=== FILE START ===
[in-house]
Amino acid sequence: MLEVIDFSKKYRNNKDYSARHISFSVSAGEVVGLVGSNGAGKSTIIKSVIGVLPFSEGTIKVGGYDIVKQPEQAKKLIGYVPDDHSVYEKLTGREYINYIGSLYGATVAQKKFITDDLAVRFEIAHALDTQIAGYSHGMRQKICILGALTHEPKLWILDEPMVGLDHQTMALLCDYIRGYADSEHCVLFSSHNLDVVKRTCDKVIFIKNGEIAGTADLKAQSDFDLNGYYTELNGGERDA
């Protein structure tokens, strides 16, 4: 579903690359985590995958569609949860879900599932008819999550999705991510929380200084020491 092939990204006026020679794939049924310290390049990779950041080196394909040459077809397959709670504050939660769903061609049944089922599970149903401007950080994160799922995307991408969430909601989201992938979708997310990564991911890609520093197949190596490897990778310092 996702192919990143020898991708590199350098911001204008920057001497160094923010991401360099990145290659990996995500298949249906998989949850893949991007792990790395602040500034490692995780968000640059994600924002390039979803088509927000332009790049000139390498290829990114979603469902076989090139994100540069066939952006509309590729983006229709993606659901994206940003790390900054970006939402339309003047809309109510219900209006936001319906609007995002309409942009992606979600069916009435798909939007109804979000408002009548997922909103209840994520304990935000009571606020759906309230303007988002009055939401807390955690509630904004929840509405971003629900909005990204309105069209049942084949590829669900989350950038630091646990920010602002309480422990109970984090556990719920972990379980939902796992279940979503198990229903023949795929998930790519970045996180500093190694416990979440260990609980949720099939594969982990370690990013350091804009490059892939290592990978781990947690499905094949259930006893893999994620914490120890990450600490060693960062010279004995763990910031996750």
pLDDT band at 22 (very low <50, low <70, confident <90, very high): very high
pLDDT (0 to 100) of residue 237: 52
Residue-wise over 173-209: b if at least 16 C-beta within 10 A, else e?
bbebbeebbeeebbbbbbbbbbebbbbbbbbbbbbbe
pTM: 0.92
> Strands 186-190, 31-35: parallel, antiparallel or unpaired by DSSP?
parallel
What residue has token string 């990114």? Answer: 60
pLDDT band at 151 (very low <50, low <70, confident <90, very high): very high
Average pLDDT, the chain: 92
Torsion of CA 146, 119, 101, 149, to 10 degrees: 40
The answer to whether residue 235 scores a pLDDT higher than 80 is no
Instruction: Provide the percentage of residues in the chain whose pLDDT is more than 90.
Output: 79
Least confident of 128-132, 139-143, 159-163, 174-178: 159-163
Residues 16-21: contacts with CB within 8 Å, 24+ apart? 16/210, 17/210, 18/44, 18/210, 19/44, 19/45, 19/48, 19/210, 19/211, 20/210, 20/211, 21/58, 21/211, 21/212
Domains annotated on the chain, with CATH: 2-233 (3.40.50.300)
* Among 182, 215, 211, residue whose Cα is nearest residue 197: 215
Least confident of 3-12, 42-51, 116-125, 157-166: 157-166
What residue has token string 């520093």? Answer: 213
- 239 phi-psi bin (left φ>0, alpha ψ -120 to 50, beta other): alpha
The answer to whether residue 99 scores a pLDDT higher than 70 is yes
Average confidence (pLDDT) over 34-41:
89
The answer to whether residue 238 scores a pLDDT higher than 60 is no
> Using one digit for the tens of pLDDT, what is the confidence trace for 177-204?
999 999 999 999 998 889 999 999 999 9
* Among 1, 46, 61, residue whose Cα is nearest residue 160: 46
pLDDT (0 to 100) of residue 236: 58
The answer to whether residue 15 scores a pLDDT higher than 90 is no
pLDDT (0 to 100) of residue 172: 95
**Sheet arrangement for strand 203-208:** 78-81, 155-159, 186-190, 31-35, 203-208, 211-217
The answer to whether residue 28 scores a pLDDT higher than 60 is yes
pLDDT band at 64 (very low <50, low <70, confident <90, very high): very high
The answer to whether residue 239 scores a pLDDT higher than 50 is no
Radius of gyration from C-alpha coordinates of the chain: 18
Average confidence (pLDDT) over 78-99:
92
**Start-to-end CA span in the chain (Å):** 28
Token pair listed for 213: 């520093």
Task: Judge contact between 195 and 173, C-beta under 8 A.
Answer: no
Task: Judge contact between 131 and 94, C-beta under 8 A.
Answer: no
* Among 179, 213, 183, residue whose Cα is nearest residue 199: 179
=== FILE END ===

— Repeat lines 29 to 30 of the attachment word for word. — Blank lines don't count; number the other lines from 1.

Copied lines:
> Using one digit for the tens of pLDDT, what is the confidence trace for 177-204?
999 999 999 999 998 889 999 999 999 9